Page 3 of 3 FirstFirst 123
Results 21 to 28 of 28

Thread: Precision Blind Hole in Aluminum?

  1. #21
    Join Date
    Dec 2015
    Location
    Chilliwack, BC, Canada
    Posts
    5,392

    Default

    Donf, you keep telling us you're not a machinist. OK, you were never trained as one. Fair enough. But you're well on the way to becoming one if you're willing to take on stuff like this and learn as you go.... Granted you're green as grass perhaps but you'll learn fast since it sounds like you're keen on doing so instead of relying on paying outside shops. Just the fact that you know enough to ask and understand enough to realize the factors shows that you're not as green as you might think.

    You mentioned blind holes but not how deep they would be. You also mentioned cup seals but then switched to the idea of an internal seal to seal against the shaft instead of the seal being on the shaft and sealing against the wall of the hole.

    Seals, be they fancy ones like cup seals or the sections you showed in that sketch you grabbed, generally have a fixed side and a running side. Aluminium is never going to be very good as the running side if it isn't somehow treated or unless you use a pretty fancy and specific alloy. So grooving the wall of the hole and making the aluminium side is going to have more longer term success.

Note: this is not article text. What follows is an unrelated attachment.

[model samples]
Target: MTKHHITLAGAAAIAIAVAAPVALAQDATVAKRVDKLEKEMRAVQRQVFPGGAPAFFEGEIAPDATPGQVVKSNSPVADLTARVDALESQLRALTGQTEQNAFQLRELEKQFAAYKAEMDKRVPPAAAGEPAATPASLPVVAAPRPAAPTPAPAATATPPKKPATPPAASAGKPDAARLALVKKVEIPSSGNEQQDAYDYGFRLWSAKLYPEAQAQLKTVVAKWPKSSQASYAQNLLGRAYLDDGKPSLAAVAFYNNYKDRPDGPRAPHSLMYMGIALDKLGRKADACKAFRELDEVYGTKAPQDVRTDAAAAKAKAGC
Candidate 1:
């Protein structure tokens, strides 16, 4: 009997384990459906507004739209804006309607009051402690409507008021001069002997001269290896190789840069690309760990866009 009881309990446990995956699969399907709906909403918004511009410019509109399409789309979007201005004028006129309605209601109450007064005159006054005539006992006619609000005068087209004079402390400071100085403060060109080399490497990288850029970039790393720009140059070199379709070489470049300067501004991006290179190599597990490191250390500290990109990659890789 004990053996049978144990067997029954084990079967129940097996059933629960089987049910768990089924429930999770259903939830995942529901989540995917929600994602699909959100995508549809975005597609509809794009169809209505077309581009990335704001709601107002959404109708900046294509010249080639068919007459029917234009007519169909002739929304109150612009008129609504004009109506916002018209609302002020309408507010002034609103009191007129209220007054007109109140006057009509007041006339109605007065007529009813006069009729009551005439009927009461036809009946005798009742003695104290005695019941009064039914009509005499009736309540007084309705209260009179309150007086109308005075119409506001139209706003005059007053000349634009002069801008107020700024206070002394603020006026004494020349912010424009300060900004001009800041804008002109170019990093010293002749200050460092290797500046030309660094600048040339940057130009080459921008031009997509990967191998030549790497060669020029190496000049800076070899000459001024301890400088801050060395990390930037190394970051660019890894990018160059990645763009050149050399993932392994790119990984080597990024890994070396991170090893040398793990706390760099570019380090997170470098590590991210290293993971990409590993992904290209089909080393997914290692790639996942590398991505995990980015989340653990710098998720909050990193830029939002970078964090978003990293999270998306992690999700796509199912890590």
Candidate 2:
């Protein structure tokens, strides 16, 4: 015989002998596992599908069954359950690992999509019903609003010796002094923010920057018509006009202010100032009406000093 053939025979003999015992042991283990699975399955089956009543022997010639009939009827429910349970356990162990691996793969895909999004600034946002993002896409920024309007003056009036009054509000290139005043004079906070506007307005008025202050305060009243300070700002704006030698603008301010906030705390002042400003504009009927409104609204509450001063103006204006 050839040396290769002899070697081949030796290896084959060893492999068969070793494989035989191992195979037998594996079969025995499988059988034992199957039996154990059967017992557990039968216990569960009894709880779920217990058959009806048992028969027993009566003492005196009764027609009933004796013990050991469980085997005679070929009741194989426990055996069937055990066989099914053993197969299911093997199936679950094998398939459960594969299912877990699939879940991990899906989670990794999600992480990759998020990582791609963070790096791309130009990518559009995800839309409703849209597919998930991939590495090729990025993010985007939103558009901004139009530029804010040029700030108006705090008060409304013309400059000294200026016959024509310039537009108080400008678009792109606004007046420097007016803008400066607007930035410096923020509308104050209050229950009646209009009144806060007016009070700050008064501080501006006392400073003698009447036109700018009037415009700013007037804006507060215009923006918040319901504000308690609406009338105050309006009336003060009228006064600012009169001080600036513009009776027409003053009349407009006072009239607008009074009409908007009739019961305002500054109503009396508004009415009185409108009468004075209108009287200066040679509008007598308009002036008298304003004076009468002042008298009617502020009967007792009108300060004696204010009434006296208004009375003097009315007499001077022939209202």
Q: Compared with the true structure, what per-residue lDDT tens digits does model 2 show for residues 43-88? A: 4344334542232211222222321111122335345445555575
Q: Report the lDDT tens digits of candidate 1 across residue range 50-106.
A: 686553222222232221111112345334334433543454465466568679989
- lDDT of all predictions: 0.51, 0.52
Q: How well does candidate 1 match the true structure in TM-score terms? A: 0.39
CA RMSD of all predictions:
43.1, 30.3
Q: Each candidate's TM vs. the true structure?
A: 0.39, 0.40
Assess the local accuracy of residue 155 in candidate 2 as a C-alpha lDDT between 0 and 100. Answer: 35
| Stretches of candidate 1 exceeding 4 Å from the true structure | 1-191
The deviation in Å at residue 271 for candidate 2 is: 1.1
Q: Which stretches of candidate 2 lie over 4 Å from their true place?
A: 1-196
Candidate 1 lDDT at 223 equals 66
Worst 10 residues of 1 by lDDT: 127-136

But depending on what you're doing and how much movement there will be it is possible that you might get away with a simple O ring as your seal. Or perhaps a square section O ring (think brake calipers on cars and motorcycles).

    The other concern is the side loads of the shaft against the side of the hole in the aluminium. If the load will be almost completely axial with the shaft then fine. But if the rod will have much side load on it this will wear at the aluminium bore at both ends of contact fairly rapidly if there will be regular movement. If this is an issue you would be better off boring oversize and fitting a suitable steel bushing which is finished smooth and also provides the seal groove.

  2. #22
    Join Date
    Aug 2014
    Posts
    206

    Default

    Common bores and hydraulic cylinders do not have exact corners, and work just fine.